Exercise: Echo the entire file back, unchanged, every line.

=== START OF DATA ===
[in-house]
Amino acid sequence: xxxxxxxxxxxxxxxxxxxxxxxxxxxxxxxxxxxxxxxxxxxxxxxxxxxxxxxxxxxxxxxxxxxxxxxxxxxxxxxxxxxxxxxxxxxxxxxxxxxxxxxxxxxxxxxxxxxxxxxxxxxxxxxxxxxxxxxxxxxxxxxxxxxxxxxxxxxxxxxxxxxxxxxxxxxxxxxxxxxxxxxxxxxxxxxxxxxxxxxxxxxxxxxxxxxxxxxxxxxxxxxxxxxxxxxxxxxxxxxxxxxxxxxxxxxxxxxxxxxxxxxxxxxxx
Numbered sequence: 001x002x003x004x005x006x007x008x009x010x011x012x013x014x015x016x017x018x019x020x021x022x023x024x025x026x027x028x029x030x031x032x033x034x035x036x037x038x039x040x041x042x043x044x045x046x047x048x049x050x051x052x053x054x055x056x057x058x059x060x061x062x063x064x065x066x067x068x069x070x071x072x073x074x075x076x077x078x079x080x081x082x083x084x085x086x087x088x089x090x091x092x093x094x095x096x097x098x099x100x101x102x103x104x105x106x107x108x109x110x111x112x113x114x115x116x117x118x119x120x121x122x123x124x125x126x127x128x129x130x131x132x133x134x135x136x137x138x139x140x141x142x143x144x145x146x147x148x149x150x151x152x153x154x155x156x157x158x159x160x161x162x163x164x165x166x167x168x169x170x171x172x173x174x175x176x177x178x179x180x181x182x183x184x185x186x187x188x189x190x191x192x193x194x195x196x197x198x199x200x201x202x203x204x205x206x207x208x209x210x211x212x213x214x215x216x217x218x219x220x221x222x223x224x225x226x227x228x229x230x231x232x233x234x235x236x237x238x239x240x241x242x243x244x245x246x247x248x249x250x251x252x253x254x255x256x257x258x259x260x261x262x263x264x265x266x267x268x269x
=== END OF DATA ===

[in-house]
Amino acid sequence: xxxxxxxxxxxxxxxxxxxxxxxxxxxxxxxxxxxxxxxxxxxxxxxxxxxxxxxxxxxxxxxxxxxxxxxxxxxxxxxxxxxxxxxxxxxxxxxxxxxxxxxxxxxxxxxxxxxxxxxxxxxxxxxxxxxxxxxxxxxxxxxxxxxxxxxxxxxxxxxxxxxxxxxxxxxxxxxxxxxxxxxxxxxxxxxxxxxxxxxxxxxxxxxxxxxxxxxxxxxxxxxxxxxxxxxxxxxxxxxxxxxxxxxxxxxxxxxxxxxxxxxxxxxxx
Numbered sequence: 001x002x003x004x005x006x007x008x009x010x011x012x013x014x015x016x017x018x019x020x021x022x023x024x025x026x027x028x029x030x031x032x033x034x035x036x037x038x039x040x041x042x043x044x045x046x047x048x049x050x051x052x053x054x055x056x057x058x059x060x061x062x063x064x065x066x067x068x069x070x071x072x073x074x075x076x077x078x079x080x081x082x083x084x085x086x087x088x089x090x091x092x093x094x095x096x097x098x099x100x101x102x103x104x105x106x107x108x109x110x111x112x113x114x115x116x117x118x119x120x121x122x123x124x125x126x127x128x129x130x131x132x133x134x135x136x137x138x139x140x141x142x143x144x145x146x147x148x149x150x151x152x153x154x155x156x157x158x159x160x161x162x163x164x165x166x167x168x169x170x171x172x173x174x175x176x177x178x179x180x181x182x183x184x185x186x187x188x189x190x191x192x193x194x195x196x197x198x199x200x201x202x203x204x205x206x207x208x209x210x211x212x213x214x215x216x217x218x219x220x221x222x223x224x225x226x227x228x229x230x231x232x233x234x235x236x237x238x239x240x241x242x243x244x245x246x247x248x249x250x251x252x253x254x255x256x257x258x259x260x261x262x263x264x265x266x267x268x269x